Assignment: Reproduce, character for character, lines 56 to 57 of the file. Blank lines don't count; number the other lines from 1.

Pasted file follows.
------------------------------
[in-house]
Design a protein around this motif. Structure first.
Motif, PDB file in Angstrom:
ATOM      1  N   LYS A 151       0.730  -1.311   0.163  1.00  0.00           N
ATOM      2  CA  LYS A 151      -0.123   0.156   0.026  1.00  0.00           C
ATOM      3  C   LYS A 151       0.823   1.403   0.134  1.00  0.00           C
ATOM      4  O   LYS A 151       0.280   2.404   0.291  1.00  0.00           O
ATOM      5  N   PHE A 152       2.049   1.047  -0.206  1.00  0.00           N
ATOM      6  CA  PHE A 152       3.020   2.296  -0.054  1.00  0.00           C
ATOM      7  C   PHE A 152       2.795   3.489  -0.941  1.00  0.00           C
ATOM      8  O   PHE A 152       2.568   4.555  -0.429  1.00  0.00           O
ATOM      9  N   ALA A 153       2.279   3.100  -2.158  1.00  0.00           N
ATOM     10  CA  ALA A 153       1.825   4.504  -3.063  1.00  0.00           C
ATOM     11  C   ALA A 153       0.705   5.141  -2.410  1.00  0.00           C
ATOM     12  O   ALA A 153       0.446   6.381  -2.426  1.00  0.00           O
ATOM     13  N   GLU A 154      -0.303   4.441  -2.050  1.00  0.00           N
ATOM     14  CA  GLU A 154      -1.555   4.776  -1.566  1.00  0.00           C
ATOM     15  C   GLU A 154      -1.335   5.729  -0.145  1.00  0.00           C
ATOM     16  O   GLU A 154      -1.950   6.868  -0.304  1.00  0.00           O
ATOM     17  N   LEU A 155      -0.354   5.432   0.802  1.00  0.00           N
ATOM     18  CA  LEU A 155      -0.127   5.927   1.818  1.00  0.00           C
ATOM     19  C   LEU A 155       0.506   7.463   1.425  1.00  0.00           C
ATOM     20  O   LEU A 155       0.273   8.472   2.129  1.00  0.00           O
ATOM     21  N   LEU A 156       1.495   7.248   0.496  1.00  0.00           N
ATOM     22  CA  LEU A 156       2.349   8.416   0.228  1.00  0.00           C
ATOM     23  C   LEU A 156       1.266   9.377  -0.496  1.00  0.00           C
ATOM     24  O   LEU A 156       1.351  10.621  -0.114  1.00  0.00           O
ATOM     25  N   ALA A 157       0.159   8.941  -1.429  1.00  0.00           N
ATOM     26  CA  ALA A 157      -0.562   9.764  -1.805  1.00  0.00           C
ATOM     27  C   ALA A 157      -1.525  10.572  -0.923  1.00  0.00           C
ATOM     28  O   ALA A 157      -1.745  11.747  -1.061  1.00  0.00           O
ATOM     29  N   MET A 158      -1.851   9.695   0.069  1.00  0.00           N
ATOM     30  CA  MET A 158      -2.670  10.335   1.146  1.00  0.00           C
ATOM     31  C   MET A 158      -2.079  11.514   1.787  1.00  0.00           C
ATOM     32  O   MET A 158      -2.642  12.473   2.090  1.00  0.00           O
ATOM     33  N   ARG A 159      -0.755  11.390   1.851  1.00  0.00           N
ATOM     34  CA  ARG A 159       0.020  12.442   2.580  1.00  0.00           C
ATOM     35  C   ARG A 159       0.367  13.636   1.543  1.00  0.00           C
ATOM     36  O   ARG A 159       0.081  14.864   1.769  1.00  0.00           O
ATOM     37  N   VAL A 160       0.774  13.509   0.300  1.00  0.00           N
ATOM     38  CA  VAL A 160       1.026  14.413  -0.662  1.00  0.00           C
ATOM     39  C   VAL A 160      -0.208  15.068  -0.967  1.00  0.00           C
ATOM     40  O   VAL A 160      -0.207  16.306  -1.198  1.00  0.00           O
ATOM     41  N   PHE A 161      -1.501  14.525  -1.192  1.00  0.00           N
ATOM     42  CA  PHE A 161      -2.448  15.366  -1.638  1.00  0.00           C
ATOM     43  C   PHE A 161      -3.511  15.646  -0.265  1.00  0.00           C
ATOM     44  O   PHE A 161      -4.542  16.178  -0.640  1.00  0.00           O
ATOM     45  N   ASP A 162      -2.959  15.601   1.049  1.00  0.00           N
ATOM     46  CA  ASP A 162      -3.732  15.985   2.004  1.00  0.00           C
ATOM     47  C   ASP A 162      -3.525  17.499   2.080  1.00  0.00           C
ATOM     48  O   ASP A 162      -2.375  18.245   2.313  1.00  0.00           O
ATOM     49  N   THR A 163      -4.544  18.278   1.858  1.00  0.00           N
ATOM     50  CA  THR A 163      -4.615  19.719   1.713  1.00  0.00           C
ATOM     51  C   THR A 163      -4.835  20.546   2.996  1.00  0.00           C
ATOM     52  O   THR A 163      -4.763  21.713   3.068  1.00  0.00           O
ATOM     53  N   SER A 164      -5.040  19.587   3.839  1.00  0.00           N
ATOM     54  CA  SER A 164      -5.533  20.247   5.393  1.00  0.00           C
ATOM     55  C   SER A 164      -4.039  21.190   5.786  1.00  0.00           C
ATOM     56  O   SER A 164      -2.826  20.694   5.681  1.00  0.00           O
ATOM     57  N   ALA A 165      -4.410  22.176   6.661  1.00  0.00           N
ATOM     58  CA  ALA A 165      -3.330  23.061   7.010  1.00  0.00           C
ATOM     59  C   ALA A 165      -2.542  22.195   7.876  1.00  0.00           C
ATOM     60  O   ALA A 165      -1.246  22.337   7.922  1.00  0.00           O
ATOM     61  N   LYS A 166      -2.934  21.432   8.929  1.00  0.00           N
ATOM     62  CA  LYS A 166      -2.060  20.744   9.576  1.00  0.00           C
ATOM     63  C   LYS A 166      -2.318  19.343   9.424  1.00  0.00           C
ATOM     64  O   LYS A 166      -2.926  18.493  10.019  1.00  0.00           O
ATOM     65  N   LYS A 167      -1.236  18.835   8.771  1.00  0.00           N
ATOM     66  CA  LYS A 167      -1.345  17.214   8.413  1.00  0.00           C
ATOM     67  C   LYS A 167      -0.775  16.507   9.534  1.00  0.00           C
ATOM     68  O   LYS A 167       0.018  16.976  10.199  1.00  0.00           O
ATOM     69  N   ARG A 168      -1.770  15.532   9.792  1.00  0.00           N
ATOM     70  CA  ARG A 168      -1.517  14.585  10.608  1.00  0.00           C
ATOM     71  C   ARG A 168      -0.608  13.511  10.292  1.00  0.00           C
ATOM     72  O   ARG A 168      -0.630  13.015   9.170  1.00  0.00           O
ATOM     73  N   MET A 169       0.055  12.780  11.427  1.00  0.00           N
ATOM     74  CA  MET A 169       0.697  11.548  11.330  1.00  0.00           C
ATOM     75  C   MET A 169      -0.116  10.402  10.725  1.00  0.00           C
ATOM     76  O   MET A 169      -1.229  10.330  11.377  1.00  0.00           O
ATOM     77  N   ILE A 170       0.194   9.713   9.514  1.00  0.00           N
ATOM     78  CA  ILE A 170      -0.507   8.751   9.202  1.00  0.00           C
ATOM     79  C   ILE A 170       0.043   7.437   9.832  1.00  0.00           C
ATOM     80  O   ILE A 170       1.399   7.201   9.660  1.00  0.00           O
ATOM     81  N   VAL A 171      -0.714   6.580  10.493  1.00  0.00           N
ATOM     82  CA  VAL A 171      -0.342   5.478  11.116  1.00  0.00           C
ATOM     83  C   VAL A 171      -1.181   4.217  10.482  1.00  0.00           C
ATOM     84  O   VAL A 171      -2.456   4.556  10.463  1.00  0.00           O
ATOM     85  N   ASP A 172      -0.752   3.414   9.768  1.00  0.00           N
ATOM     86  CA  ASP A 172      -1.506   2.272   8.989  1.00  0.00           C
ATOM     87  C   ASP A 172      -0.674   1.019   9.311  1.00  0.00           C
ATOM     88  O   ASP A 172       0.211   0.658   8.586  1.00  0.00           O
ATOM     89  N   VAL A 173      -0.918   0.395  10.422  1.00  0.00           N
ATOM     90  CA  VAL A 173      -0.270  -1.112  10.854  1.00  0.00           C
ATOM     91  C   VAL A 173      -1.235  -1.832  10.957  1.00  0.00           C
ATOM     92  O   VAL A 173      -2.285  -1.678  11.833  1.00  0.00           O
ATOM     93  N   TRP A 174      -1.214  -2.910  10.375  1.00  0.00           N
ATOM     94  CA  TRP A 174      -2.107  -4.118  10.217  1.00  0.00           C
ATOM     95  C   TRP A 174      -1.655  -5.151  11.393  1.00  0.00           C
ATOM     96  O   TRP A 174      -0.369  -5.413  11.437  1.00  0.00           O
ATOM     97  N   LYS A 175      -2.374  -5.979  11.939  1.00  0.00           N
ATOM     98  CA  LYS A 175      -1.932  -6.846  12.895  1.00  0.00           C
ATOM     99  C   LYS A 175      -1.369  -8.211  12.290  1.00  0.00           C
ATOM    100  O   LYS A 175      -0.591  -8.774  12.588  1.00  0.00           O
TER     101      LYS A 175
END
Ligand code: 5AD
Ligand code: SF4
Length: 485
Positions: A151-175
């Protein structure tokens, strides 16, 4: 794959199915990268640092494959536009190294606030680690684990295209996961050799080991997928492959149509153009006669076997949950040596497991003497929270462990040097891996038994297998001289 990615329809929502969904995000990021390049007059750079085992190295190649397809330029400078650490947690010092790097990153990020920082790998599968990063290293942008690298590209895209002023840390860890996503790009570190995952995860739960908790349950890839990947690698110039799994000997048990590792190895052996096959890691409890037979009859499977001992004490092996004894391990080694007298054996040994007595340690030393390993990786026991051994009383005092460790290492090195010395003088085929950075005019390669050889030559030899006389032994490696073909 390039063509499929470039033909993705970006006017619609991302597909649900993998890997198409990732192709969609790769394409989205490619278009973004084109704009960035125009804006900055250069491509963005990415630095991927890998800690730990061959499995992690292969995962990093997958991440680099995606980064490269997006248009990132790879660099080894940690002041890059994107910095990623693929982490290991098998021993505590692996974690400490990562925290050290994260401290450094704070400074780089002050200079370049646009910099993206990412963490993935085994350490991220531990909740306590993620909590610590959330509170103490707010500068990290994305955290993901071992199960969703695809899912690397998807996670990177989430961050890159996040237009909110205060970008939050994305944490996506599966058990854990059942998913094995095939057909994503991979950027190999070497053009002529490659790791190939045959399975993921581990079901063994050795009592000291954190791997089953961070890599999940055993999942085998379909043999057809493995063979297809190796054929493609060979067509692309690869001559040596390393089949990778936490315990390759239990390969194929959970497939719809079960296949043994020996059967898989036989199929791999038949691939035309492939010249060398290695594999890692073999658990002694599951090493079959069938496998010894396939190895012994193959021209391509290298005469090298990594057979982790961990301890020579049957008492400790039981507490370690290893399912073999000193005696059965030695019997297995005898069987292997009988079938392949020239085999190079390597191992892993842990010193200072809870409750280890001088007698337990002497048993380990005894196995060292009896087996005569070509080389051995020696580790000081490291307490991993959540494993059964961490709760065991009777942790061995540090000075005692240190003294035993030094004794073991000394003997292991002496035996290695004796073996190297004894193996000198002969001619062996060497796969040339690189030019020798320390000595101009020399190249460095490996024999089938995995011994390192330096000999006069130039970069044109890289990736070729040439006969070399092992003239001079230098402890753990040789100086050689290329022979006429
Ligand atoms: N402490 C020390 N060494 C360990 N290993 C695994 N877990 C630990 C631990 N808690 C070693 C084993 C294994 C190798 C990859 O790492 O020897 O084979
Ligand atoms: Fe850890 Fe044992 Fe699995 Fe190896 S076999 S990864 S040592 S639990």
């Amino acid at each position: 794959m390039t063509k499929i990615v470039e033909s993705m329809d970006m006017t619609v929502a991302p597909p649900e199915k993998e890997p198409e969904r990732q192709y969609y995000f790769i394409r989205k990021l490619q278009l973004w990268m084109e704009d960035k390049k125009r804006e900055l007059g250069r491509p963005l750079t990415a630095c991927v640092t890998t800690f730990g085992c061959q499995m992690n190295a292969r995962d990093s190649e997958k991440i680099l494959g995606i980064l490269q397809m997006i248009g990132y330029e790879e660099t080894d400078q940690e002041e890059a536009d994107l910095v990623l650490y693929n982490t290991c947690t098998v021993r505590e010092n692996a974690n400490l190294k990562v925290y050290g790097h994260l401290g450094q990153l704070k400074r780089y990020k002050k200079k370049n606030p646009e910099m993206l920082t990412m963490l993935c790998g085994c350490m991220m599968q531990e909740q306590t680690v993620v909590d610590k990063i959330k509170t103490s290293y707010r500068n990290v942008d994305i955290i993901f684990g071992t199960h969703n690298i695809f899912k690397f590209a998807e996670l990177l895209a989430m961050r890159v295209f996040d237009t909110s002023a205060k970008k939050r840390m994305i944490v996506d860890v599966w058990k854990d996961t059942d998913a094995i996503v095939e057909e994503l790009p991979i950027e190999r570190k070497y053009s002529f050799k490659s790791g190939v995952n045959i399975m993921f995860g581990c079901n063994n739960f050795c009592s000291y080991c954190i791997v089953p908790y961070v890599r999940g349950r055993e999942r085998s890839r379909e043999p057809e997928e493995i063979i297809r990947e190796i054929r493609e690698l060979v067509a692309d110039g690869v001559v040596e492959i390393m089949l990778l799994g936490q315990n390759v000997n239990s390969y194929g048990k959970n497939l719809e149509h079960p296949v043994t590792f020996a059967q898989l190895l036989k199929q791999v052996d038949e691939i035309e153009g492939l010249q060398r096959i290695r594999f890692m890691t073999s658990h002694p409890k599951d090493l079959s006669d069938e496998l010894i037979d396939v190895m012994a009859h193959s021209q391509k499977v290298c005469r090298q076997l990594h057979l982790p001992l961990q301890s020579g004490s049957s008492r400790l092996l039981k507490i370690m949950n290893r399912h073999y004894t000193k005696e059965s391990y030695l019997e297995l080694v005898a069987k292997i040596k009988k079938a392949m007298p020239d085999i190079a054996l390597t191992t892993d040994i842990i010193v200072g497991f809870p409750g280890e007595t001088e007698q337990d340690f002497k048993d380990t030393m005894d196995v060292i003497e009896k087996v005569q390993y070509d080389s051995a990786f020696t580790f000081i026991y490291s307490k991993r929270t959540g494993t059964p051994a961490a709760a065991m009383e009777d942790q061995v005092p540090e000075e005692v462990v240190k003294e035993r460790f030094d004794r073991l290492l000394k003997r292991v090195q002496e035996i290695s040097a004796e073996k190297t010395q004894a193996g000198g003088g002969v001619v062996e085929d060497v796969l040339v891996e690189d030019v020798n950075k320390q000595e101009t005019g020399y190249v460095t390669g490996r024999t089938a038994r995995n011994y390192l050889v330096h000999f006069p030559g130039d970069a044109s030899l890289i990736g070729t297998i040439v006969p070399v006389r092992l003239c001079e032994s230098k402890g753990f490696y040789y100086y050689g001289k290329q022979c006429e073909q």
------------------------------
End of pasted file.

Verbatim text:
ATOM     53  N   SER A 164      -5.040  19.587   3.839  1.00  0.00           N
ATOM     54  CA  SER A 164      -5.533  20.247   5.393  1.00  0.00           C